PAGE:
Causes of hydrocephalus in adults (Oertel, 2008)
o Subarachnoid hemorrhage (SAH) causes one third of these cases by
blocking the arachnoid villi and limiting resorption of CSF. However,
communication between ventricles and subarachnoid space is preserved.
o Idiopathic hydrocephalus represents one third of cases of adult
hydrocephalus.
o Head injury, through the same mechanism as SAH, can result in
hydrocephalus.
o Tumors can cause blockage anywhere along the CSF pathways. The most
frequent tumors associated with hydrocephalus are ependymoma,
subependymal giant cell astrocytoma, choroid plexus papilloma,
craniopharyngioma, pituitary adenoma, hypothalamic or optic nerve
glioma, hamartoma, and metastatic tumors.
o Prior posterior fossa surgery may cause hydrocephalus by blocking
normal pathways of CSF flow.

9
o Congenital aqueductal stenosis causes hydrocephalus but may not be
symptomatic until adulthood. Special care should be taken when
attributing new neurological deficits to congenital hydrocephalus, as its
treatment by shunting may not correct these deficits.
o Meningitis, especially bacterial, may cause hydrocephalus in adults.
o All causes of hydrocephalus described in infants and children are present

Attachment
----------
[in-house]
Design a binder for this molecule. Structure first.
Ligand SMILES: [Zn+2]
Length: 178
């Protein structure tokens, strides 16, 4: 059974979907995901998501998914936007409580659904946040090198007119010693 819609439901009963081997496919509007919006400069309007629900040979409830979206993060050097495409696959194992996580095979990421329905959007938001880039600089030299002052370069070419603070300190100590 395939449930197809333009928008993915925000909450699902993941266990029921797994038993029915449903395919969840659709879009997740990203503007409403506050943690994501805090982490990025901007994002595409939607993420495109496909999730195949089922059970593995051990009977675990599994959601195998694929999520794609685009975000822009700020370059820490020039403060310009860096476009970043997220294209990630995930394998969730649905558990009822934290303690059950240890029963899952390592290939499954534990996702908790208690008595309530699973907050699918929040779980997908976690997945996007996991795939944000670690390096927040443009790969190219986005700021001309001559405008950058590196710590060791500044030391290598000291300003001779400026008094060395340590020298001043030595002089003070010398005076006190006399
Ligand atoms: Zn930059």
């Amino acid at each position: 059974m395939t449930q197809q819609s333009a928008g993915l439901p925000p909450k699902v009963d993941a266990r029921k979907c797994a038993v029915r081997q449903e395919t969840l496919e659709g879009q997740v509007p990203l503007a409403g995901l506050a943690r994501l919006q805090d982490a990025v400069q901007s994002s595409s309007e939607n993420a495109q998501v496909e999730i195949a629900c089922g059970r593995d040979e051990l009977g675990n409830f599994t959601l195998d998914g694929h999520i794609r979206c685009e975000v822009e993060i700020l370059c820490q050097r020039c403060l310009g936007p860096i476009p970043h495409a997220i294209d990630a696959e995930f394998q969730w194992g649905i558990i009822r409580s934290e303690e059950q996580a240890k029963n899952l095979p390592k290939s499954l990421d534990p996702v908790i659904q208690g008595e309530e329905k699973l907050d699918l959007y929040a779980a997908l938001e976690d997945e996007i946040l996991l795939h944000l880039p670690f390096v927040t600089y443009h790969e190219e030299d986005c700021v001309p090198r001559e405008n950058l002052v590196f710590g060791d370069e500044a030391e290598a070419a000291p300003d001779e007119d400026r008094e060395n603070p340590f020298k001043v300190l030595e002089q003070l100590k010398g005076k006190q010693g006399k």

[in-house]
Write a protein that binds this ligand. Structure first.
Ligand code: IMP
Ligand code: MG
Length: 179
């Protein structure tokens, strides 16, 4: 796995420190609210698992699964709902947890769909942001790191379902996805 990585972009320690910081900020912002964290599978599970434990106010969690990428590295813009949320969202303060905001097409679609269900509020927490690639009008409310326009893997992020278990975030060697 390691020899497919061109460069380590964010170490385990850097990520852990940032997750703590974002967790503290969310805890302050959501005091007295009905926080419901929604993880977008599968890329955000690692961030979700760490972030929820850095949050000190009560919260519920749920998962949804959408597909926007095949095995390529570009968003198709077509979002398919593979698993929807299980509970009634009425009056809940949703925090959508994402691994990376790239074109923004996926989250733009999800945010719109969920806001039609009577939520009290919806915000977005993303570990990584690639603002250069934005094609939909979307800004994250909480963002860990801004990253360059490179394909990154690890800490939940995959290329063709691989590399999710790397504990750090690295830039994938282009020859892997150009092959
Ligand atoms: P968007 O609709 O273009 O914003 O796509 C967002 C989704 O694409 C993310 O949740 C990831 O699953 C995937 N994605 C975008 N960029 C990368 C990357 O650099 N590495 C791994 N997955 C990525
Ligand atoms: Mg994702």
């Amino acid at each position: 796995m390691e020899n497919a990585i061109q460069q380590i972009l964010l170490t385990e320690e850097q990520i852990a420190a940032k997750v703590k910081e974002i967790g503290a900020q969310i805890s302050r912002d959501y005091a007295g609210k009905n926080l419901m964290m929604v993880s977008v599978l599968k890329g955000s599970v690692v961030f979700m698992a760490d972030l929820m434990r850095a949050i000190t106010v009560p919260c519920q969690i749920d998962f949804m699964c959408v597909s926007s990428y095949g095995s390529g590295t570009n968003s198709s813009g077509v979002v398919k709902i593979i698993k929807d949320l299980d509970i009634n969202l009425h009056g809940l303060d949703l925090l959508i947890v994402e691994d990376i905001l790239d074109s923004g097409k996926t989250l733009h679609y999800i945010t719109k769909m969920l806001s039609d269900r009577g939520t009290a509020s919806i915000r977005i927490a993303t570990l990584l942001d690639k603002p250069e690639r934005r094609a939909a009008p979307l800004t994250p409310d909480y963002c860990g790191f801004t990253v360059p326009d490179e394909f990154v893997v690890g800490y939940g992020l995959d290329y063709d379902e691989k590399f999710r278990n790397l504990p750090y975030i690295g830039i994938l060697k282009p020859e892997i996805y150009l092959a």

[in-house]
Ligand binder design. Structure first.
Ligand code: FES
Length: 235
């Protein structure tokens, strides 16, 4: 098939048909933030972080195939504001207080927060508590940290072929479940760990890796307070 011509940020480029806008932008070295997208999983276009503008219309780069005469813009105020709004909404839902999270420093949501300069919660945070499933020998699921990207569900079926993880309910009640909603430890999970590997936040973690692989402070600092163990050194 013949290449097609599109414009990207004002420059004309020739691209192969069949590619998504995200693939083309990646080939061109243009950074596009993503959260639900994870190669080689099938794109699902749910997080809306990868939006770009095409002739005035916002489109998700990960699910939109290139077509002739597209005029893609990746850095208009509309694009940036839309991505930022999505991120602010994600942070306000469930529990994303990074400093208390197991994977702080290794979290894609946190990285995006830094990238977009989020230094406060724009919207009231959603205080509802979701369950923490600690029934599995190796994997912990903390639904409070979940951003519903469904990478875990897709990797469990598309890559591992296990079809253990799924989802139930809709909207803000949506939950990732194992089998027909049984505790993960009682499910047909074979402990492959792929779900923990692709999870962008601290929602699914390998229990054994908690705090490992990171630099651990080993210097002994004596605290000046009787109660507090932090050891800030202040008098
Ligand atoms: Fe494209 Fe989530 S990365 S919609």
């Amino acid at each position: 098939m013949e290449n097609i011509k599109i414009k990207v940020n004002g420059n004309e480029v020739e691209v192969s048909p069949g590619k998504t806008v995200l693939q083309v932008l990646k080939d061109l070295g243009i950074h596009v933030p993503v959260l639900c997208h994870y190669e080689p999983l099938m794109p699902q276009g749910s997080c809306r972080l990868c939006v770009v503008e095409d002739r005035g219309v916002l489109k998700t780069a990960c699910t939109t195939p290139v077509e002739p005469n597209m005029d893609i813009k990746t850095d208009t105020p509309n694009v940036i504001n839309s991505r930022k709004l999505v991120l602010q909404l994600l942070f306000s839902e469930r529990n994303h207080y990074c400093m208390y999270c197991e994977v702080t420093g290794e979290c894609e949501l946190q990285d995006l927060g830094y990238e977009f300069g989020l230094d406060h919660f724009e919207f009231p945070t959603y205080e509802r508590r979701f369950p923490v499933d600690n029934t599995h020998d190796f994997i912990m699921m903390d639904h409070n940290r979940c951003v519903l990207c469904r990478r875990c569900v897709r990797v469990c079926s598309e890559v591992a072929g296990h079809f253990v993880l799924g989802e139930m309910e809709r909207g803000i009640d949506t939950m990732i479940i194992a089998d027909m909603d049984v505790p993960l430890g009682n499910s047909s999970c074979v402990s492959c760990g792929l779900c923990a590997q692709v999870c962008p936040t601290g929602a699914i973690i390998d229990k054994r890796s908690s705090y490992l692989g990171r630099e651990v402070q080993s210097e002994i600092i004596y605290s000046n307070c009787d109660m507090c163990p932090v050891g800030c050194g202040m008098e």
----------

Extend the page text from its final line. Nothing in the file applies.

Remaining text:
in adults who have had congenital or childhood-acquired hydrocephalus.
Causes of NPH (Most cases are idiopathic and are probably related to a
deficiency of arachnoid granulations.) (Alberto, 2000)
o SAH
o Head trauma
o Meningitis

2.5. Pathophysiology
Normal CSF production is 0.20-0.35 mL/min; most CSF is produced by the
choroid plexus, which is located within the ventricular system, mainly the
lateral and fourth ventricles. The capacity of the lateral and third ventricles
in a healthy person is 20 mL. Total volume of CSF in an adult is 120 mL.
Normal route of CSF from production to clearance is the following: From
the choroid plexus, the CSF flows to the lateral ventricle, then to the
interventricular foramen of Monro, the third ventricle, the cerebral aqueduct
of Sylvius, the fourth ventricle, the 2 lateral foramina of Luschka and 1
medial foramen of Magendie, the subarachnoid space, the arachnoid
granulations, the dural sinus, and finally into the venous drainage.